Brick and mortar retail has been a little tough for a lot of reasons. One is I think a lot of brick and mortars retailers are having a tough time these days especially with Amazon. The unfortunate symptom is as revenue tightens up, they’re less willing to try new things and it becomes this cycle. Retail is actually a little bit tough. It’s really fun working with Toys R Us, but they’re reorganizing now. The good news though is we’re seeing the brands actually take the charge. I have a surprising amount of brands really all over the spectrum. I’m purposely trying to stay a little broad but we’re seeing these product companies start to take over. I think the idea in retail is at least many retailers are trying to get a little bit of the risk out of their business. They just don’t have the traffic, they once did so a lot of retailers are renting space rather than buying and reselling products. Where that’s evolved into is you again see these brands that now are taking more ownership of the in-store experience as it relates to their products. They are the ones that have really been coming to us more and more and saying, “We want to create this new retail experience. We want to do this custom products,” this and that. The retailers are going with the flow and letting them do what they want to do in their space.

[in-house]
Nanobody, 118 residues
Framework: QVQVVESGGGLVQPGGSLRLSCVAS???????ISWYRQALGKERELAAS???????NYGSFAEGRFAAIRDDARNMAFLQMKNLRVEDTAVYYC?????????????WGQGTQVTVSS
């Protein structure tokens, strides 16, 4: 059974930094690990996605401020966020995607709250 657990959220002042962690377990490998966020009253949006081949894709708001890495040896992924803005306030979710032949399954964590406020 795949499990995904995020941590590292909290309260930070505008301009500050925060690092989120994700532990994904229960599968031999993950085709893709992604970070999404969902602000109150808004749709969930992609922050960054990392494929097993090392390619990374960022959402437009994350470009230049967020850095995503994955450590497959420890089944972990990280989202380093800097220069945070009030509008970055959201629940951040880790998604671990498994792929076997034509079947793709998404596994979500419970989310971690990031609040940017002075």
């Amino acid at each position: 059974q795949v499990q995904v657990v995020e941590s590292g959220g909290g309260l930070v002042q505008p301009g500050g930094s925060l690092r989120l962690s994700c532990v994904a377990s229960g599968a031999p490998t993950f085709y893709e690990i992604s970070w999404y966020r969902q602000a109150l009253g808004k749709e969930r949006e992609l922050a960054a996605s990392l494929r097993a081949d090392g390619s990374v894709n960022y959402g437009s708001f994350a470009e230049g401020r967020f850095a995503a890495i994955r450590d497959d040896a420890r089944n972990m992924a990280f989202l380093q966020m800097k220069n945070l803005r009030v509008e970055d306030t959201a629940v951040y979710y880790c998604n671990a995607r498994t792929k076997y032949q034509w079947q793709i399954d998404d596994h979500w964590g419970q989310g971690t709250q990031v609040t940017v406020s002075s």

We have seen that shift, which I will say makes sense in some ways. It’s really the brands and the product companies that push the demand. At the same time, I do think the smart retailers are going to start investing in this one day. You mentioned I believe this guys is competing with Amazon and trying to get people into their store. The reality is customization. It’s fun and it’s a cool experience you can do with your friends but really it’s very personal and interactive. It’s very hard to recreate that online. What you’re seeing is a new way of shopping. If you put a little bit of thought into it, it really could be a tremendous advantage for physical retail. To give you one example, I always thought this was a cool one. I tell you it’s not something I’ve ever worked on but I’d love to. Really, the beauty of retail is they can buy equipment that doesn’t make sense to get in the home. I’m confident one day when we go clothes shopping, it’s going to be in some magical digital mirror and we’re going to try out and design all the clothes in virtual reality. Some machine is going to pop out the suit with three buttons and two pockets or a weird patch you just designed.